I remember, long ago, my parents sitting around our dining room table with their friends, crystal stemware glowing from within like bowls full of rubies in the warmth of candlelight. Their hushed tones as they told “grown up” jokes dissolved into laughter that permeated the house and made me long to be a part of these dinners.
Somewhere along the line, wine became, for me, a symbolic representation of those dinners.
Fast forward 10 years, and I’m a sophomore in college. I have a date with a guy I really like, and I want to show him how worldly, how sophisticated I am. I buy my first set of wine glasses from Crate & Barrel, and that signature white box is a trophy I carry home with me on the Metro.
I make us dinner – spaghetti with marinara sauce I doctor up from a jar of Prego. I make garlic bread. And I serve Franzia White Grenache, which I somehow think is a step up from the ubiquitous White Zinfandel. Of course, I can’t tell the difference. But the guy is impressed, as are his buddy and the buddy’s girlfriend (the four of us have squeezed into the round table in my studio that’s meant to seat three). We sit and chat and laugh for hours, until it’s time to say “goodnight”.
That was the first time I managed to successfully recreate my parents’ dinners in my own home. But it wouldn’t be the last; rather, that dinner became the start of my life as a hostess. And, subconsciously, the start of my thirst for knowledge about wine.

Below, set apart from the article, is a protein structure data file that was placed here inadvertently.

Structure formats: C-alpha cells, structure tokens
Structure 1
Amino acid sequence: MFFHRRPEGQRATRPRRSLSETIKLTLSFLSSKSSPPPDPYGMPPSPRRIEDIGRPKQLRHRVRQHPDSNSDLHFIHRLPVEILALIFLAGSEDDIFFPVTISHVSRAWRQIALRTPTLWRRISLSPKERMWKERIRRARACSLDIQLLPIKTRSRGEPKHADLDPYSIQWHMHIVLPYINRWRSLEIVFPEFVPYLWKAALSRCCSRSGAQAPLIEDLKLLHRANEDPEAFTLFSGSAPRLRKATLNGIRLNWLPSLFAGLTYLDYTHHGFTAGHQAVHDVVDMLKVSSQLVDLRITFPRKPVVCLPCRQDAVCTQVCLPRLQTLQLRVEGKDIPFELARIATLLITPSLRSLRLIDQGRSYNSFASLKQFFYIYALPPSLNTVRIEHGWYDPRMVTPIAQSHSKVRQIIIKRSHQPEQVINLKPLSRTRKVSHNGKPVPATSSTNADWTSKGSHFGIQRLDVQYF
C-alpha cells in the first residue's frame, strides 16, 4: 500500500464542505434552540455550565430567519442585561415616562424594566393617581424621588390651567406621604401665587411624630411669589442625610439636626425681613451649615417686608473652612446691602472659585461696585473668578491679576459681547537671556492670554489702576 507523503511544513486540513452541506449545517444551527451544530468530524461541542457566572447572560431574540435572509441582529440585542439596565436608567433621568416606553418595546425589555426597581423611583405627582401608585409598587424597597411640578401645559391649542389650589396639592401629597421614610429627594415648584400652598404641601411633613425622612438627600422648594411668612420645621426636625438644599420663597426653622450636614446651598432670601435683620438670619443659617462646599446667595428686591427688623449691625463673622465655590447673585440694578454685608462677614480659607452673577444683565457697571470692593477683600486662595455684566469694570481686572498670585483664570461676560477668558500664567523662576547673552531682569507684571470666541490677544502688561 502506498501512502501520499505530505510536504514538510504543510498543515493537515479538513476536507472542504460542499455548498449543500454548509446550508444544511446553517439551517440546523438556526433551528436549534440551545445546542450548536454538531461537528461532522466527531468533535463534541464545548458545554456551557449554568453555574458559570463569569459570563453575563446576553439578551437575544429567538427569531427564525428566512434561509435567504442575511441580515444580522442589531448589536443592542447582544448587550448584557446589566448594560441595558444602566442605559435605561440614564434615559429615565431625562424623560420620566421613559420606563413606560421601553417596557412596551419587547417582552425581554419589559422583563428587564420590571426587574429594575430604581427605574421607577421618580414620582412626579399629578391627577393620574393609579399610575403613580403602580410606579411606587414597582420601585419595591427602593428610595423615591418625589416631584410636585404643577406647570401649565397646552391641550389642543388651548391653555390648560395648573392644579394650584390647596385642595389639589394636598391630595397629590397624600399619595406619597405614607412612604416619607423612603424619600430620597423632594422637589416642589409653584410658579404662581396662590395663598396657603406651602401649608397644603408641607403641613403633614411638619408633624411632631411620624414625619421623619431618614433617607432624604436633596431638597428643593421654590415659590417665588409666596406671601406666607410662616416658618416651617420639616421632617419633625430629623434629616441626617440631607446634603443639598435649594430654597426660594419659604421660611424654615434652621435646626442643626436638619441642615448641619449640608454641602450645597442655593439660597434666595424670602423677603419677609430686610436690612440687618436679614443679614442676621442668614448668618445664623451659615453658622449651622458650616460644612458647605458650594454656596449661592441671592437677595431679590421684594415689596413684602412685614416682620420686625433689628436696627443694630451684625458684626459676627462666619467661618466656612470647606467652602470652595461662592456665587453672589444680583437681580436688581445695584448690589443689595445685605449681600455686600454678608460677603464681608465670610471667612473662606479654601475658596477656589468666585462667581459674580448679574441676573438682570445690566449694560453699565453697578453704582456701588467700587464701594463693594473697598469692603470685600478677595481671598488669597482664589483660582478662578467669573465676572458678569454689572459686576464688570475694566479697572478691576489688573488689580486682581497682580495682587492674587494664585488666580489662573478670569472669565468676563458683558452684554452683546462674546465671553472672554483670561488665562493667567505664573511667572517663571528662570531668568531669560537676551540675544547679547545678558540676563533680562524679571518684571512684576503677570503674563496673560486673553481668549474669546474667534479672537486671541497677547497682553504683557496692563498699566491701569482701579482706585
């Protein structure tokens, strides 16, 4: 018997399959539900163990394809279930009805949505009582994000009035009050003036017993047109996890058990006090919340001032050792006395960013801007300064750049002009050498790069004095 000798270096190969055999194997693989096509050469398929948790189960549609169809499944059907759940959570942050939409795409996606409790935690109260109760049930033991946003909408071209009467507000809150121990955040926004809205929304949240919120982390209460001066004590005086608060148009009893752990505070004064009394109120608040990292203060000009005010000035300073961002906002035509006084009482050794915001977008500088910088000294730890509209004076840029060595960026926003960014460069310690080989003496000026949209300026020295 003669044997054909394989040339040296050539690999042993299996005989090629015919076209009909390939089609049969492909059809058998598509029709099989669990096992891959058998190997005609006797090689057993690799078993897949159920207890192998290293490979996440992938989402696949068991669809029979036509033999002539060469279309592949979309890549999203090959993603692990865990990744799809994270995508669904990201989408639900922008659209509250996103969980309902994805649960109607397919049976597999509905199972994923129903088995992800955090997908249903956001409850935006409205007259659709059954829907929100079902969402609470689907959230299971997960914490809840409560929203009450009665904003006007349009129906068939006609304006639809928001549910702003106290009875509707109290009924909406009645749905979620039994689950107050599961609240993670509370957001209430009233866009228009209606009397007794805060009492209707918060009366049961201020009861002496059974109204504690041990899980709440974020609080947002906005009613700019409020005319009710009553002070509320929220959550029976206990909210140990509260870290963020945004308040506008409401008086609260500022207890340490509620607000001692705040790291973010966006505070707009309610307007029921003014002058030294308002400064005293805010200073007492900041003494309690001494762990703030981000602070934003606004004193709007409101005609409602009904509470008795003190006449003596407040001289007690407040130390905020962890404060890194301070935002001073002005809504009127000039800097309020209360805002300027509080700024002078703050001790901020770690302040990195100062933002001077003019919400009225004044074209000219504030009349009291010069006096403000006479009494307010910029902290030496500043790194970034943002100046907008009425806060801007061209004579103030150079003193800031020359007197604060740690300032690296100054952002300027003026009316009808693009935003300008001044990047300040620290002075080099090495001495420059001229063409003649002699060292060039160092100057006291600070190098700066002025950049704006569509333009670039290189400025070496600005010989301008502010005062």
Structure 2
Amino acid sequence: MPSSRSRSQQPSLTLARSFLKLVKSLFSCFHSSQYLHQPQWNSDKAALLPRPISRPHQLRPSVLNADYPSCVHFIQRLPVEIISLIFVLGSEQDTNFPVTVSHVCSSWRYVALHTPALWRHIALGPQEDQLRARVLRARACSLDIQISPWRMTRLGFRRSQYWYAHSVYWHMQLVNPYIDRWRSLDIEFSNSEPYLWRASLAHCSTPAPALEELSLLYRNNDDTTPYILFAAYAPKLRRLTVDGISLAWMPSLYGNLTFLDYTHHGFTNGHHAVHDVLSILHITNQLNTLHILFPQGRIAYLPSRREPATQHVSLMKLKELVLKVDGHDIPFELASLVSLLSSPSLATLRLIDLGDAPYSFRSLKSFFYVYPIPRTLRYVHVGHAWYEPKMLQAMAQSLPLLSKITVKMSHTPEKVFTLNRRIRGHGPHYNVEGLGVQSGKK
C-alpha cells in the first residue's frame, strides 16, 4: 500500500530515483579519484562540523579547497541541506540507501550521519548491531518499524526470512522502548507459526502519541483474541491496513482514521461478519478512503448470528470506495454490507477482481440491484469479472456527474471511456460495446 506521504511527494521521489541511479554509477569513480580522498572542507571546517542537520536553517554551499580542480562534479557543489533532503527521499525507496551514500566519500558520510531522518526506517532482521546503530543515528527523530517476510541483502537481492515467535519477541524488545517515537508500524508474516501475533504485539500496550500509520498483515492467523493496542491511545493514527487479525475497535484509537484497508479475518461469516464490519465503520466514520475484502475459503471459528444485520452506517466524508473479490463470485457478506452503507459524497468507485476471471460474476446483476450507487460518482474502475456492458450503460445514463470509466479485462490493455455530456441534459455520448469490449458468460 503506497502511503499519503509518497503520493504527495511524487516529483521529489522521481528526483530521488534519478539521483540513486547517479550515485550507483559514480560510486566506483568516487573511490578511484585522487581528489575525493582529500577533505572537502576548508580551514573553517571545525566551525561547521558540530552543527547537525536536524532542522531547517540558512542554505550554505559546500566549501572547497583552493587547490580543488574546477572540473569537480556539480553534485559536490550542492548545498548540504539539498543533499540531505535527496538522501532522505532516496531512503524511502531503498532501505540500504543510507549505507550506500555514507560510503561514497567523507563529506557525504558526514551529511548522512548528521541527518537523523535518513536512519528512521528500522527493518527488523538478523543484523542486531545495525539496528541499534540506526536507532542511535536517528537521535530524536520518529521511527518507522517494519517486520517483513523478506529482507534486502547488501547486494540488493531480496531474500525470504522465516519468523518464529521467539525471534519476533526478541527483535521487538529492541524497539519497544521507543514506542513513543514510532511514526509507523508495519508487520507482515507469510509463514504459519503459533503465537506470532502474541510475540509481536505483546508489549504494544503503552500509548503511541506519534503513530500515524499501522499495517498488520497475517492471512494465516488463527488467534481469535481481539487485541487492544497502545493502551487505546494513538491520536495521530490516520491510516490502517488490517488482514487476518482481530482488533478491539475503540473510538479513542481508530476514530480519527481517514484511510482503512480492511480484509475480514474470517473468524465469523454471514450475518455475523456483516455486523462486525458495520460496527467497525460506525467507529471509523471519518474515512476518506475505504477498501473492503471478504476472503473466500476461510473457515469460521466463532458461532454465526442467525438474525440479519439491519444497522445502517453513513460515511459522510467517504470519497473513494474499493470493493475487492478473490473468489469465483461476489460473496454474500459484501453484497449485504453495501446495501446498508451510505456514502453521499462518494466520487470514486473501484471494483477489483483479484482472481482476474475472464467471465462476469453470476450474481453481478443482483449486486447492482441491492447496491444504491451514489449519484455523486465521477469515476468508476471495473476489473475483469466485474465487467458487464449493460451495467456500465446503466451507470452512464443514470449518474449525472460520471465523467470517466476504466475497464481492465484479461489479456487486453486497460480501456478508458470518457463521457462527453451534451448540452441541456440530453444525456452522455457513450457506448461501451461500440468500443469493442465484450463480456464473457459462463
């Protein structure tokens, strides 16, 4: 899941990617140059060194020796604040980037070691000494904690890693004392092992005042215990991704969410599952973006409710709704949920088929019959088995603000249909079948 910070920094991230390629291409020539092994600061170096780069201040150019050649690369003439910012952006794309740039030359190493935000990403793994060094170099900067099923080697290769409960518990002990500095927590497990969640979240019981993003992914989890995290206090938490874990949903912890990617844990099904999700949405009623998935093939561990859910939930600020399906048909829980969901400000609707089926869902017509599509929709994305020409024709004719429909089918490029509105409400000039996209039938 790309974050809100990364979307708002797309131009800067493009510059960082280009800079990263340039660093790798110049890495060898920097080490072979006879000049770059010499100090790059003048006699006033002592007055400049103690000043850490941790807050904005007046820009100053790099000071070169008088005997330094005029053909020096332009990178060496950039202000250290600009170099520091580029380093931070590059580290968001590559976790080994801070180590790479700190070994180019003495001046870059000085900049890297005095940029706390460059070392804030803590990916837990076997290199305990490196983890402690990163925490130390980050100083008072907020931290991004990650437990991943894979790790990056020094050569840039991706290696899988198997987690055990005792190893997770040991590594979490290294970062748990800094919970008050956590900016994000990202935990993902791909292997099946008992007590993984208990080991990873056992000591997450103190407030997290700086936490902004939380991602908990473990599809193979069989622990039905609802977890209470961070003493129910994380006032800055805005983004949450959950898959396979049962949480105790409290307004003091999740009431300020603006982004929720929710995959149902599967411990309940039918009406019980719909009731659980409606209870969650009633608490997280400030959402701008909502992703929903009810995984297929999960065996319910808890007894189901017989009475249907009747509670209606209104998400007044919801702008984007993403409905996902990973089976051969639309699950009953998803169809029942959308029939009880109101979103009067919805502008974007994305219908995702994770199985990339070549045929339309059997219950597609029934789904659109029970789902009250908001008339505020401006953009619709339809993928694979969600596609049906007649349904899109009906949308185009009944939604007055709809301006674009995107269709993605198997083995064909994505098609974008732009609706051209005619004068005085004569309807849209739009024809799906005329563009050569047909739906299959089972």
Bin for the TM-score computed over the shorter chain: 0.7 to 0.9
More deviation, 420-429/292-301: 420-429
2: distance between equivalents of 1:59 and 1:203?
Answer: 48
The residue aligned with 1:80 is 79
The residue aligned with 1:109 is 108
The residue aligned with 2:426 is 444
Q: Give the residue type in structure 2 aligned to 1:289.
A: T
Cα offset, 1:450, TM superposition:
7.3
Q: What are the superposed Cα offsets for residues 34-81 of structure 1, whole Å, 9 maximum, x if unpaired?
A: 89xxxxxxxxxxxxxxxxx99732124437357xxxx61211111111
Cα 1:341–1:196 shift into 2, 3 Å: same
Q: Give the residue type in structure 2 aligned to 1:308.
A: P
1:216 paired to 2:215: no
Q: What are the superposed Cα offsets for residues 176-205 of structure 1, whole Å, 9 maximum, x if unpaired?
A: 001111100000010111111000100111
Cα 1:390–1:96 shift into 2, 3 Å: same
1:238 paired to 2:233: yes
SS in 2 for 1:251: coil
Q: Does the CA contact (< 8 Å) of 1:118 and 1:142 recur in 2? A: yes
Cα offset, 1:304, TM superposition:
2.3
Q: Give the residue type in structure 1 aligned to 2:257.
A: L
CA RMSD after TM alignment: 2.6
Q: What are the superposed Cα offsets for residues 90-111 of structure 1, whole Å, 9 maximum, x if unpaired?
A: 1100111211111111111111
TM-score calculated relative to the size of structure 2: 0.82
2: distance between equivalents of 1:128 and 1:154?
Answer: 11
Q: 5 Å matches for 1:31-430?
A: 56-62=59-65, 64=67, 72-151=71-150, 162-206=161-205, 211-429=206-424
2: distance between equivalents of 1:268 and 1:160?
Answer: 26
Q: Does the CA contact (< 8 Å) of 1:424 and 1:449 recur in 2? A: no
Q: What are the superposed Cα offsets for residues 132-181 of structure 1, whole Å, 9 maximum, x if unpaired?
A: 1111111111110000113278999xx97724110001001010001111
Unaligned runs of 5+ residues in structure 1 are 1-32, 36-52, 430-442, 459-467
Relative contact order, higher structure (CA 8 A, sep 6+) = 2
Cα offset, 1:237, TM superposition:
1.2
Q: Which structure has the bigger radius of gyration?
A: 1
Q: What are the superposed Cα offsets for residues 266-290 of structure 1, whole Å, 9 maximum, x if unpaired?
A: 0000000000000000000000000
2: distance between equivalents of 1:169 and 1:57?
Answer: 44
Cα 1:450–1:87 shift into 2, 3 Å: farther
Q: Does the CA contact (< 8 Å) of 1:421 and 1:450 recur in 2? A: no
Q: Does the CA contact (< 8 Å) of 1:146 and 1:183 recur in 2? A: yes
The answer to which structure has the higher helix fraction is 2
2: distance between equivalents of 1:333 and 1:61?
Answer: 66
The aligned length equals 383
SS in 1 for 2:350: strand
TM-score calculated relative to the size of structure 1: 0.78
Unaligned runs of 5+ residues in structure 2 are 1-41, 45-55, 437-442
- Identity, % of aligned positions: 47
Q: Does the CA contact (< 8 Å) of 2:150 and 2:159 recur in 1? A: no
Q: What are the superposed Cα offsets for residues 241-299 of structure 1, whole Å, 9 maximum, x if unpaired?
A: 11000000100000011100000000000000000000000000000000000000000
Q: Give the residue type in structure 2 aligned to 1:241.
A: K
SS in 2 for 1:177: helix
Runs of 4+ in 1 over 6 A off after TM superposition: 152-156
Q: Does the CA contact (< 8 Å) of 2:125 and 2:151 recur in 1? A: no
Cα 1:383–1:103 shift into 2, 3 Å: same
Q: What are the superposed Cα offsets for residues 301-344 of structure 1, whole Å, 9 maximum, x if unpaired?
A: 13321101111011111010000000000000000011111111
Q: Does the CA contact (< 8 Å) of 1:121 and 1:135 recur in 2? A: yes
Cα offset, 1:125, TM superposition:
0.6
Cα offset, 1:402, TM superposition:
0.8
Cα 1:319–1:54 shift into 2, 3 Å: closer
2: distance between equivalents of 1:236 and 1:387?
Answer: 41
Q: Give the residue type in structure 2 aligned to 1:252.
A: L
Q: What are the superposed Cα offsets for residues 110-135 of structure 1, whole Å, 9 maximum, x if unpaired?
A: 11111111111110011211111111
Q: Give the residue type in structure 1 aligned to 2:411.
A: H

What is it about wine and its ability to bring people together? Certainly, other libations have the same “lubricating” properties… but wine, wine… it’s the elixir of geniality, the potion of repartee.
Over the next two months, I’ll bring you discussions with a series of Bay Area wine professionals. We’ll chat about their first memories of wine, and why they chose their given professions. We’ll explore wine’s life, in all its guts and glory.
I hope you’ll come back two weeks from today, on Sunday April 24th, for the first of these exchanges. In the final installment of the series, I want to tell your stories. So, if you have a good one to share, email me at firstname.lastname@example.org.
posted by Fatemeh Khatibloo-McClure